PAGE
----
This summer the Port of London Authority and Wessex Archaeology is clearing a collection of shipwrecks from the Thames Estuary as part of a continuing programme to ensure that the river channel remains open to the world’s largest ships.
TV company Touch Productions has been on hand to capture the events as they happen, and the first of two Thames shipwrecks: a race against time programmes was shown on BBC a few days ago. For those who missed it I thought it would be good to mention some of the material here at intheboatshed.net.
The first programme focused on how the Thames has been fought over for centuries, and some of the ship wrecks that these struggles have left behind. In Programme Two, the TV company turned to the story of the British Empire, trade and shipping, with the Thames packed with thousands of ships and working boats.
The Dovenby was sunk on her way back to London carrying guano. She was one of thousands of trading ships that made Britain the greatest trading nation the world had ever known. She and her self-made shipowner captain travelled the world, from Peru to Australia, San Francisco to Canada, at a time when 80 per cent of ships launched worldwide were built in British yards.
The programme examined the geophysics of the wreck, examined parts of her lifted from the sea bed, and showed the programme-makers having some fun sailing a Dovenby-like sailing barque.
Unknown Wreck 5051
This is a mystery ship, and one of hundreds that lie beneath the Thames. Various finds suggest that she sank in the mid-Victorian era, but what she was, what she was used for and who manned her remain unknown, although it is established that she had strong ties to the port of Woolwich.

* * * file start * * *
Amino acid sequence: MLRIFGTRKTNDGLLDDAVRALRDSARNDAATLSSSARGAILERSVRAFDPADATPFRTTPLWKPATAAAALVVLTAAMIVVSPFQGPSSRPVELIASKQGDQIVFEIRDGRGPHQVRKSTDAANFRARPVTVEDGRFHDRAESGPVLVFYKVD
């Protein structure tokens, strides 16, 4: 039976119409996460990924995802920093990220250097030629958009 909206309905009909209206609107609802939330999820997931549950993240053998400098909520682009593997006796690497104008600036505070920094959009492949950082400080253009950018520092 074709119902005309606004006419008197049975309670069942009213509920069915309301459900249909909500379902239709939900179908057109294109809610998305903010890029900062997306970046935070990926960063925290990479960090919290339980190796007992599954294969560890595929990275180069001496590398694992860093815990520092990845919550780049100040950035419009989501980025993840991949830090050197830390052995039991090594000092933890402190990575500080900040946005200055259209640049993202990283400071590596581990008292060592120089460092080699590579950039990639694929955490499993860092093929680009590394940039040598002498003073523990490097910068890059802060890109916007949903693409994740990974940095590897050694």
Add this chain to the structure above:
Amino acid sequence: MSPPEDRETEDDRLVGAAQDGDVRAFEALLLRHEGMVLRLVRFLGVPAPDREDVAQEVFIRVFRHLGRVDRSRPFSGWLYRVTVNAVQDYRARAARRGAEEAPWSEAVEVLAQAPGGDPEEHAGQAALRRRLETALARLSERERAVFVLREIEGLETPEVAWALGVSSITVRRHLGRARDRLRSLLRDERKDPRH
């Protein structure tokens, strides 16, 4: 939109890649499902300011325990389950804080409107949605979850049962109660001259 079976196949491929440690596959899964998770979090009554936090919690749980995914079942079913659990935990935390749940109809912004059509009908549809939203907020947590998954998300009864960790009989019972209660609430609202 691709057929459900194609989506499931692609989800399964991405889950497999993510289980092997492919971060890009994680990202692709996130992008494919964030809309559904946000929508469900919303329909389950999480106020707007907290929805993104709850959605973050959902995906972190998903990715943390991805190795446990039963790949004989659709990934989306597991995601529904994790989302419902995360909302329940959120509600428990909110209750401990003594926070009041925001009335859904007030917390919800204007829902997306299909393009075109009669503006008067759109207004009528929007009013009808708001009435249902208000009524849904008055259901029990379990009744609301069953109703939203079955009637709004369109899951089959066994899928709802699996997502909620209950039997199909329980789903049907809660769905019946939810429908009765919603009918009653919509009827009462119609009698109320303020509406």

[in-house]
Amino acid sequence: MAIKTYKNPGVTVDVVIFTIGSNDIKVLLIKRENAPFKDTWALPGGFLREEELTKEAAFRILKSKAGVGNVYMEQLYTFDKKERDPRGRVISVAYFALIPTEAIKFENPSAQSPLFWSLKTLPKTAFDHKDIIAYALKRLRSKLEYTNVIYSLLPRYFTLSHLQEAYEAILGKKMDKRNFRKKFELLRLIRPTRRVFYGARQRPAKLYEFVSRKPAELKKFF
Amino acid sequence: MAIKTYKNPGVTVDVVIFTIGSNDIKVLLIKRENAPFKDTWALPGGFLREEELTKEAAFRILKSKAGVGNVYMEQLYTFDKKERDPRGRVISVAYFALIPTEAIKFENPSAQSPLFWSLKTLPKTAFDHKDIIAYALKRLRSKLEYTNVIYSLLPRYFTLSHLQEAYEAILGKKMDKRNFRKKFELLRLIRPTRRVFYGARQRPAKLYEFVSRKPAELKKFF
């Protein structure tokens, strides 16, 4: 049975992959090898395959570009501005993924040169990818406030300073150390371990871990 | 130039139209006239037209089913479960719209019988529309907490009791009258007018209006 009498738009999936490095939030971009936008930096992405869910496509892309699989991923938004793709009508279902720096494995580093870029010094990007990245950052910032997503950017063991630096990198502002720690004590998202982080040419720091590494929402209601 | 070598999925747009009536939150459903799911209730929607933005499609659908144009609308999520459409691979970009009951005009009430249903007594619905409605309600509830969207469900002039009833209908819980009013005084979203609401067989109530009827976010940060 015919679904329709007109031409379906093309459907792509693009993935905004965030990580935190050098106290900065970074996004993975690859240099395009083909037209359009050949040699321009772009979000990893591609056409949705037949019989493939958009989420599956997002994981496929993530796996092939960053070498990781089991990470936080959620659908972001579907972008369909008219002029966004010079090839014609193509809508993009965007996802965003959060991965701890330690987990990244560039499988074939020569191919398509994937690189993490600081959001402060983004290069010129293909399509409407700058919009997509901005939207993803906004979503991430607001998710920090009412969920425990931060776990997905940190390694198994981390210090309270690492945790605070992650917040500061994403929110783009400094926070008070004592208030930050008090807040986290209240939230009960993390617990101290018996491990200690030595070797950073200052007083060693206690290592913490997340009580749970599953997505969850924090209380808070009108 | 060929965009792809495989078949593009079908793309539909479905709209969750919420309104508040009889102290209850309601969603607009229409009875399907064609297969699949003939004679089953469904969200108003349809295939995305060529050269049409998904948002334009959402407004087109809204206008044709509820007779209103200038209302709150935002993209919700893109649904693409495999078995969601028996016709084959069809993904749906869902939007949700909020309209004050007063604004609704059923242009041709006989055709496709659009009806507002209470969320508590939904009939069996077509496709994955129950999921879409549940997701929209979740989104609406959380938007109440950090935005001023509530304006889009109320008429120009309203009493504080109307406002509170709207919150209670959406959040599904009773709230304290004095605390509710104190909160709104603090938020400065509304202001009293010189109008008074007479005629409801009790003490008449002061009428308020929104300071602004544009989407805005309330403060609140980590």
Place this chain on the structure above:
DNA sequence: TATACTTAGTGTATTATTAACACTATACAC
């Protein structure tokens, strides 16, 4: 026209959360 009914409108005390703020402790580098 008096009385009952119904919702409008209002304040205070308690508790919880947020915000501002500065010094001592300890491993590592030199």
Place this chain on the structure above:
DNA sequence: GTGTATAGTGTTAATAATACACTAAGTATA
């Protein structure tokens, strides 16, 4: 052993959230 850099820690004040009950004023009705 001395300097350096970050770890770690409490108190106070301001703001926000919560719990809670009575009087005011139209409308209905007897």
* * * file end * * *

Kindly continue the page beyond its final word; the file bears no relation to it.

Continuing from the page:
The brick barge
The Thames barge is an icon famous in literature and paintings. For centuries, the barge was the main way of moving material from London to the smaller towns along the river. There were so many of these vessels that it was sometimes possible to walk across the Thames by stepping from barge to barge.
The programme looked at the lives of the people who lived and worked on these ships, the lightermen, the wherrymen and the thousands of others who lived on the river, and also the archaelogy of barges in general.
All that is known about the brick barge is that she sank on her way into London at the turn of the century, but the programme-makers took the opportunity to explore the history of barges on the Thames, for which we have some classic archaeological examples, including the 2nd century Blackfriars barge from the Roman era, a 15th century barge also found on the Thames, and the 17th century Shakespeare barge, which was also carrying bricks on the day she sank – although in her case the bricks were to be used in the rebuilding of London after the Great Fire of 1666.